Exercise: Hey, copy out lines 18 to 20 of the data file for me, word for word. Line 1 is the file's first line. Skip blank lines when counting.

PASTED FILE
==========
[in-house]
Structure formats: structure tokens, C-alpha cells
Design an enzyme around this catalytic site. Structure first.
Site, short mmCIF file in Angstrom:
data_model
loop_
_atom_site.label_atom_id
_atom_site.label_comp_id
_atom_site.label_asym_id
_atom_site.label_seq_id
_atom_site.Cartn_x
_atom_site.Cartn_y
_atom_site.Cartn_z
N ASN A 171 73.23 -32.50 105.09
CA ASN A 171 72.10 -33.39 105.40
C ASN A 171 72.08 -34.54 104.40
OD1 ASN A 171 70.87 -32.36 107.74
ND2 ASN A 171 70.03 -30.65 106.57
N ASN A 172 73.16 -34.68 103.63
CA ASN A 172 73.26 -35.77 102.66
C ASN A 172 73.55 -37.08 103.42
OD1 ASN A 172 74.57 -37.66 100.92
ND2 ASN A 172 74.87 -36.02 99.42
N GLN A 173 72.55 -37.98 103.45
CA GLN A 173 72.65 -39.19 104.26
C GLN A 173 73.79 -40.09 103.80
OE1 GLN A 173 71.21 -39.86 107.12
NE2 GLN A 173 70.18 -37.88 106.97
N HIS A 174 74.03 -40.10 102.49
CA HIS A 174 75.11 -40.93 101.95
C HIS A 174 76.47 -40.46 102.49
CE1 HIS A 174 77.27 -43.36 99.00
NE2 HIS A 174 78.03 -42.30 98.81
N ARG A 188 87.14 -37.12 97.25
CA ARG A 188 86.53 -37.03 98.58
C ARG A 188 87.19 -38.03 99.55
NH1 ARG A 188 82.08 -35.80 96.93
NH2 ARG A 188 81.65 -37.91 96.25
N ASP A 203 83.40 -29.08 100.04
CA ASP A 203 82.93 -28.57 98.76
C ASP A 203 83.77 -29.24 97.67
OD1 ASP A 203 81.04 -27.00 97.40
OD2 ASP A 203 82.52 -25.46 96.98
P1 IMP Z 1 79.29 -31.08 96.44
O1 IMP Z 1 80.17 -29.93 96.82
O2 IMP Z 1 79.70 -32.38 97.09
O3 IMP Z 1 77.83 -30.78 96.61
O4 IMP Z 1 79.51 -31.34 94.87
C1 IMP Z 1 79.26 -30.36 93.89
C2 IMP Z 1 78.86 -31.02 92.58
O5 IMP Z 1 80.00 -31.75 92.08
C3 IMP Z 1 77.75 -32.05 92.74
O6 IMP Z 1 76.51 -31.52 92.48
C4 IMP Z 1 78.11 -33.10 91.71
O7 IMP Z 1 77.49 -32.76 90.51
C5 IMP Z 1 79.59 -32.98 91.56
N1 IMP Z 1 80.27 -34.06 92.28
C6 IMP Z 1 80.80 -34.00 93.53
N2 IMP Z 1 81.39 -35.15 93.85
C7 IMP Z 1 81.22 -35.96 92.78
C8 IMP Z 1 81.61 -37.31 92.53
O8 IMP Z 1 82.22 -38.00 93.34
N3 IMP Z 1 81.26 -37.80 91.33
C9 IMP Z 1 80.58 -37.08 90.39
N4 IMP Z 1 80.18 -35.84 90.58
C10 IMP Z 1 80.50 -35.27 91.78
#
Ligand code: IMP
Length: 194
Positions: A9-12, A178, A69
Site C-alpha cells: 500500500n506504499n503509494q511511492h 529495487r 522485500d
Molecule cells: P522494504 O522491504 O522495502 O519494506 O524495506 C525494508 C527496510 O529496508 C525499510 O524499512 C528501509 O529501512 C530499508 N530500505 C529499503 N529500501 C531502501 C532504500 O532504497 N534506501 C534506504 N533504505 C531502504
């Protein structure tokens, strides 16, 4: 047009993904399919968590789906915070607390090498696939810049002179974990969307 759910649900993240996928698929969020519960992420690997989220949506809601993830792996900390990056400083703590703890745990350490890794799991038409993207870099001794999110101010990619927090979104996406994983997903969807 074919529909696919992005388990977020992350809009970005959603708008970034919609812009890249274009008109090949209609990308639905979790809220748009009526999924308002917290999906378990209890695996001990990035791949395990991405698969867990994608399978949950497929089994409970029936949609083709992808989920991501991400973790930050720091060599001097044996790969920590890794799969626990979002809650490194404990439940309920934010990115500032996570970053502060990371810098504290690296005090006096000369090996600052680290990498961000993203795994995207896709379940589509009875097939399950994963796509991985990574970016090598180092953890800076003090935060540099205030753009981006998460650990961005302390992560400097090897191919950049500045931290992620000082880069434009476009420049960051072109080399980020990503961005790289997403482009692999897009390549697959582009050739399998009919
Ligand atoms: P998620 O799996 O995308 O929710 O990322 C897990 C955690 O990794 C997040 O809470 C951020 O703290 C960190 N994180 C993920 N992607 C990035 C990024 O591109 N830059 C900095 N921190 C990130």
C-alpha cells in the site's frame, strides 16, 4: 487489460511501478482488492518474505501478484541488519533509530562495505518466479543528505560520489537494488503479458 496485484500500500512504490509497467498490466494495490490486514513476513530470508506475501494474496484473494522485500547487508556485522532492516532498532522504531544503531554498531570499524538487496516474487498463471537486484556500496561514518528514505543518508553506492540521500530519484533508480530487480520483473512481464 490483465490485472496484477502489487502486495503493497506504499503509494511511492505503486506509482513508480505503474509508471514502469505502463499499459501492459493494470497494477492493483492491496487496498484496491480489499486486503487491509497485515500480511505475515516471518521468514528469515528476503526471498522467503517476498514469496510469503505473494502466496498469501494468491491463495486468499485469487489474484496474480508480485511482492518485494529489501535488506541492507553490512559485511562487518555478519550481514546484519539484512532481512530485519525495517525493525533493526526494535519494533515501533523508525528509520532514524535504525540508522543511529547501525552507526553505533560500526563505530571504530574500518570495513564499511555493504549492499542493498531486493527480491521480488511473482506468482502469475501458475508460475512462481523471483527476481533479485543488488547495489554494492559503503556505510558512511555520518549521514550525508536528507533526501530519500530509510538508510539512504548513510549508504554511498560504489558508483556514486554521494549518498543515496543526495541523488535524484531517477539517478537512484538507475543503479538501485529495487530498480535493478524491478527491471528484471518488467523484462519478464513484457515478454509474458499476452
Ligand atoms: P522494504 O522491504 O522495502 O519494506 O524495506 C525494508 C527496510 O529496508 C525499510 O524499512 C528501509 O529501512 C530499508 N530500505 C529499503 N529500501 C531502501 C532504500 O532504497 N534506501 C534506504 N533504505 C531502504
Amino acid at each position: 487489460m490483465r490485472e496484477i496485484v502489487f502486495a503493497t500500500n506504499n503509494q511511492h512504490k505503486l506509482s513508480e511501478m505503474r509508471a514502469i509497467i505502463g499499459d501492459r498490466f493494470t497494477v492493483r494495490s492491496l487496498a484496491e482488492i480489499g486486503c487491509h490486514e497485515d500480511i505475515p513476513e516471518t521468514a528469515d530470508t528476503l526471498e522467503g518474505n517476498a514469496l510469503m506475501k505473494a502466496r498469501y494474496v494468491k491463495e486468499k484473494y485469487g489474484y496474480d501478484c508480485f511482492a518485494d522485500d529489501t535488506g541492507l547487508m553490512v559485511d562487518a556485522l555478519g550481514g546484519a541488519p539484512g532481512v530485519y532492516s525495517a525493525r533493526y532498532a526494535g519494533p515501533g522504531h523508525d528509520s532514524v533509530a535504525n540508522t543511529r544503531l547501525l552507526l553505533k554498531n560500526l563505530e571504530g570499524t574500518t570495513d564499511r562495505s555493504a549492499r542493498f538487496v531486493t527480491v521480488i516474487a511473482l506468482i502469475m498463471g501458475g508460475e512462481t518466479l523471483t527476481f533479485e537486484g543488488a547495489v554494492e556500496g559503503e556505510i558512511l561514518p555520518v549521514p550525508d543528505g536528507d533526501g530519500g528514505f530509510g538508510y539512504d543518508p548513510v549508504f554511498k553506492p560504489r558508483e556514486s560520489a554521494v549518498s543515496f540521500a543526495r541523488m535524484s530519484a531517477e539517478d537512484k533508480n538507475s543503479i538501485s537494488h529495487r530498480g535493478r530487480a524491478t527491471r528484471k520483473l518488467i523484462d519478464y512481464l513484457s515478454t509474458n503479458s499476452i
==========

ND2 ASN A 171 70.03 -30.65 106.57
N ASN A 172 73.16 -34.68 103.63
CA ASN A 172 73.26 -35.77 102.66